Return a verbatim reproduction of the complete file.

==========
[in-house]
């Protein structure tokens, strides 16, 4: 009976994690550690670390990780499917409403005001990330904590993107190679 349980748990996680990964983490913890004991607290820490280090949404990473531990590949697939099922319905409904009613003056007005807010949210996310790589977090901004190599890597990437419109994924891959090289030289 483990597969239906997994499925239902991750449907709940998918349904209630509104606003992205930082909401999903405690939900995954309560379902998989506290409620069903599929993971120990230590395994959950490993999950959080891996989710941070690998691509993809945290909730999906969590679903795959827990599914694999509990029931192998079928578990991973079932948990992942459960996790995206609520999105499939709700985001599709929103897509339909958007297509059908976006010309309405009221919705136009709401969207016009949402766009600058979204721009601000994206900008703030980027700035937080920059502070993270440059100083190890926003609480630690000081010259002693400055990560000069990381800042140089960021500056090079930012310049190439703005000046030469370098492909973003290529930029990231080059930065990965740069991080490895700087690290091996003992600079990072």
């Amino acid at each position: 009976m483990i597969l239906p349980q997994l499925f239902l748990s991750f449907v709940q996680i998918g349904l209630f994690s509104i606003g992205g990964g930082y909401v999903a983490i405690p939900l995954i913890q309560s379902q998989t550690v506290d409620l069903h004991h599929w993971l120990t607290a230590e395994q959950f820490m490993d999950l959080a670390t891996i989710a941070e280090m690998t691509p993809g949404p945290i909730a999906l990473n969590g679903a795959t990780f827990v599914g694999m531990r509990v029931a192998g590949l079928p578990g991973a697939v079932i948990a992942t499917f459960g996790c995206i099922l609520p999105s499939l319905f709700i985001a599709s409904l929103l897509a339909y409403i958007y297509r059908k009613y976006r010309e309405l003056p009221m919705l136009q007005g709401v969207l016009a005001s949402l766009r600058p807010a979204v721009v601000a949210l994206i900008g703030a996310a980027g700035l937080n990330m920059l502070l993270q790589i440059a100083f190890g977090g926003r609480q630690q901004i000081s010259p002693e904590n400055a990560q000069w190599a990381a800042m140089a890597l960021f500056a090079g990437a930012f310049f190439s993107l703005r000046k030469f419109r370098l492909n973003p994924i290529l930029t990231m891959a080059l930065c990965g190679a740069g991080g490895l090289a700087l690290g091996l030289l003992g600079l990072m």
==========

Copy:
[in-house]
């Protein structure tokens, strides 16, 4: 009976994690550690670390990780499917409403005001990330904590993107190679 349980748990996680990964983490913890004991607290820490280090949404990473531990590949697939099922319905409904009613003056007005807010949210996310790589977090901004190599890597990437419109994924891959090289030289 483990597969239906997994499925239902991750449907709940998918349904209630509104606003992205930082909401999903405690939900995954309560379902998989506290409620069903599929993971120990230590395994959950490993999950959080891996989710941070690998691509993809945290909730999906969590679903795959827990599914694999509990029931192998079928578990991973079932948990992942459960996790995206609520999105499939709700985001599709929103897509339909958007297509059908976006010309309405009221919705136009709401969207016009949402766009600058979204721009601000994206900008703030980027700035937080920059502070993270440059100083190890926003609480630690000081010259002693400055990560000069990381800042140089960021500056090079930012310049190439703005000046030469370098492909973003290529930029990231080059930065990965740069991080490895700087690290091996003992600079990072």
């Amino acid at each position: 009976m483990i597969l239906p349980q997994l499925f239902l748990s991750f449907v709940q996680i998918g349904l209630f994690s509104i606003g992205g990964g930082y909401v999903a983490i405690p939900l995954i913890q309560s379902q998989t550690v506290d409620l069903h004991h599929w993971l120990t607290a230590e395994q959950f820490m490993d999950l959080a670390t891996i989710a941070e280090m690998t691509p993809g949404p945290i909730a999906l990473n969590g679903a795959t990780f827990v599914g694999m531990r509990v029931a192998g590949l079928p578990g991973a697939v079932i948990a992942t499917f459960g996790c995206i099922l609520p999105s499939l319905f709700i985001a599709s409904l929103l897509a339909y409403i958007y297509r059908k009613y976006r010309e309405l003056p009221m919705l136009q007005g709401v969207l016009a005001s949402l766009r600058p807010a979204v721009v601000a949210l994206i900008g703030a996310a980027g700035l937080n990330m920059l502070l993270q790589i440059a100083f190890g977090g926003r609480q630690q901004i000081s010259p002693e904590n400055a990560q000069w190599a990381a800042m140089a890597l960021f500056a090079g990437a930012f310049f190439s993107l703005r000046k030469f419109r370098l492909n973003p994924i290529l930029t990231m891959a080059l930065c990965g190679a740069g991080g490895l090289a700087l690290g091996l030289l003992g600079l990072m």